Updated: 18 June 1999 Press Conferences


18 June 1999

Transcript of Press Conference
by Lt Col Robin Clifford, KFOR

Lt Col Clifford: ahead of the timetable set out in the Military Technical Agreement. The Yugoslav forces have almost cleared Zone 2 with less than 2 battalions, which is under 700 personnel, still remaining. And by midnight tonight, which is the end of EIF plus 9, they will have gone, as was agreed in the Military Technical Agreement.

At the same time, Kfor is already in Zone 3 and this morning, as most of you will be aware, units of the 4th UK Armoured Brigade entered Podujevo, French forces are in Kosovska Mitrovica and the German forces are consolidating in Prizren and the Italian headquarters is now firmly established in Pec.

Kfor is advancing as the Yugoslavs are withdrawing and we are ahead of schedule for this Sundays deadline and by midnight on 20 June, that is Sunday, the Yugoslav forces will be gone. Kfor will be on the ground throughout all of Kosovo, here to protect all ordinary Kosovar citizens, Serbs and Albanians alike. That of course is our central mission. Our job is to establish and maintain a secure environment for all the ordinary peoples of Kosovo and that is what we are doing. Kfor troops are providing a robust and even-handed protection for everybody, regardless of their ethnic, religious or cultural background. We are making Kosovo a safer place for every ordinary citizen.

As at today we know that just over 14,000 Kosovar Albanian refugees have returned from both Macedonia and Albania and we of course welcome them back. After all, we must not lose sight of the fact that the very purpose of our presence is to replace the Yugoslav forces and establish a secure environment to allow these refugees to return to their homes. But once again I would urge caution and patience. There is still danger in the form of mines and unexploded munitions. The UNHCR has a plan to manage the safe return of refugees and I would encourage the responsible members of the Kosovar Albanian community to support this.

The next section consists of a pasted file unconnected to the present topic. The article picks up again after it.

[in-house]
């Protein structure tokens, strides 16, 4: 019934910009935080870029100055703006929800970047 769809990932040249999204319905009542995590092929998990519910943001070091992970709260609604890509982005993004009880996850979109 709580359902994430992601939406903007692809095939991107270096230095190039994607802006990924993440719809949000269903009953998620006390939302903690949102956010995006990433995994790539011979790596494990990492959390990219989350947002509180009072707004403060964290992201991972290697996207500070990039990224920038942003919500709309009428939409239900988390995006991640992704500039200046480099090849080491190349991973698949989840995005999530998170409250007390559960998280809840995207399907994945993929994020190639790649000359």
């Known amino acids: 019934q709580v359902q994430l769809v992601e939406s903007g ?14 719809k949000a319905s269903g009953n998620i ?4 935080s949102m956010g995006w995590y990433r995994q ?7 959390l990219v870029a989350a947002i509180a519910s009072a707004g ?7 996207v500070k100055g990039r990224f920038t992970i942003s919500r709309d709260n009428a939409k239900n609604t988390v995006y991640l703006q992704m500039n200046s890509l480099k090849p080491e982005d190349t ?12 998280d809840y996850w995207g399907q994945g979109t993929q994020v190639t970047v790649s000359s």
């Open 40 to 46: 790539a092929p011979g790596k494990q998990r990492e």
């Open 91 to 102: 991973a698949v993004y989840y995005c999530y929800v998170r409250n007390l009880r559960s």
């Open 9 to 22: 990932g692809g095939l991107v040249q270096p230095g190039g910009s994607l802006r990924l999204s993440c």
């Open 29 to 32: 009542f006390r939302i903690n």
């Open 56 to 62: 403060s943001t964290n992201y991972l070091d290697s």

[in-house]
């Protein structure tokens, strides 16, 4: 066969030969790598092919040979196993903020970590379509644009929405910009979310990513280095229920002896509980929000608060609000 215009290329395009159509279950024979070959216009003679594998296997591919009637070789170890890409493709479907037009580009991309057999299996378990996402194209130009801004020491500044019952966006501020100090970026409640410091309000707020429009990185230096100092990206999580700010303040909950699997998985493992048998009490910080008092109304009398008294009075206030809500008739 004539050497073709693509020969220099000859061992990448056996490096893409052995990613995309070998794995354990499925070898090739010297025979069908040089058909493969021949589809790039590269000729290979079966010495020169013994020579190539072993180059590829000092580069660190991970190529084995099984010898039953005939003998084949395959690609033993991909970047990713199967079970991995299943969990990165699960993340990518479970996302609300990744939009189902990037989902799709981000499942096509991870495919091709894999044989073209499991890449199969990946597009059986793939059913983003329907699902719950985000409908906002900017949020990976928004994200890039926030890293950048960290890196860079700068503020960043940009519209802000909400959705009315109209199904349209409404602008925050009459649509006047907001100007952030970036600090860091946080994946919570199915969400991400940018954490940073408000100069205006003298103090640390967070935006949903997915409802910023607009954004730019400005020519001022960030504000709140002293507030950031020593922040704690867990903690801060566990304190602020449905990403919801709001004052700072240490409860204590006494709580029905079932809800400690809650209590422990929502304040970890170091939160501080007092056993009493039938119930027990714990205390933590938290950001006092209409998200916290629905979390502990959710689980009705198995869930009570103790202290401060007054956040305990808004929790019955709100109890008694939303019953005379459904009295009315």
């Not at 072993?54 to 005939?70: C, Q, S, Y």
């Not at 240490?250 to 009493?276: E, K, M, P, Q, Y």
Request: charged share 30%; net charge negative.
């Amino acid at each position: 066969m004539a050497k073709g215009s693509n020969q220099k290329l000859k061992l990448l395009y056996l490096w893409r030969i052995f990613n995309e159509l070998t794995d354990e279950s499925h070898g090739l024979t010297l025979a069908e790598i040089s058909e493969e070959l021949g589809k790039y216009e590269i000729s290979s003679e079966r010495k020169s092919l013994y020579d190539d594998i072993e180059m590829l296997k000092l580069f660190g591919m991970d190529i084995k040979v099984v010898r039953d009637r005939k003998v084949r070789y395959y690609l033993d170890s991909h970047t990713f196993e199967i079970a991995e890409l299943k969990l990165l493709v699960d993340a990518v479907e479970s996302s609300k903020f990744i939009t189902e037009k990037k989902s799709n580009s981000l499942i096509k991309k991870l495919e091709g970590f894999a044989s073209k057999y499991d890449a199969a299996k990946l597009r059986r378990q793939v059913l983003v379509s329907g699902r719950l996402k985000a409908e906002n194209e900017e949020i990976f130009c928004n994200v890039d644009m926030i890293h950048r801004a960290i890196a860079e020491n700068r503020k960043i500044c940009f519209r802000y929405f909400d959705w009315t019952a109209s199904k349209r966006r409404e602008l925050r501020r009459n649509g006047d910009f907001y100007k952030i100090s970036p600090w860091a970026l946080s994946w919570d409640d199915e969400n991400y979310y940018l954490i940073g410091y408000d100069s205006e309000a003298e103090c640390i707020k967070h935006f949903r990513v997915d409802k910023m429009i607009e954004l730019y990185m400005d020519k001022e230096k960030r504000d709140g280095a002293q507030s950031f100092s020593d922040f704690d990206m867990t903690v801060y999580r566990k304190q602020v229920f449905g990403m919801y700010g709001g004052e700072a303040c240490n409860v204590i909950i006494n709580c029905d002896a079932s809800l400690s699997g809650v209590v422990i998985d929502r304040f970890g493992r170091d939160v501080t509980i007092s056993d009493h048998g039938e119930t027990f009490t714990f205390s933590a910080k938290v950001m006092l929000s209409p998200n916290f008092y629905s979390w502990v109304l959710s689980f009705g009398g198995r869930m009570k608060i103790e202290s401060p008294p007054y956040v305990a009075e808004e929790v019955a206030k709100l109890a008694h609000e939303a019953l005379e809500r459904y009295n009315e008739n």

I also understand that there are members of the Serb community who are concerned about their safety and are leaving Kosovo. We do not want to create a second refugee crisis from the solution of the first one and I want to make it absolutely clear that every member of Kfor from General Jackson downwards is determined to make sure that Kosovo is safe for every ordinary Kosovar citizen.

Now yesterday General Jackson met the Yugoslav religious leaders to underscore Kfors determination to make Kosovo a safe place for everyone and he joined with Patriarch Pavle, Bishop Artemeus and Bishop Artimeus to reassure the Serb communities on that score. In Urosevac German commanders are meeting with the local Serb community leaders at the moment to reassure them that it is safe to remain. Elsewhere Kfor Commanders are establishing contacts with leaders of all the communities to urge restraint in what is still a very volatile situation. What is needed now are cool heads and calmness as we come to the end of a full withdrawal of Yugoslav forces from Kosovo.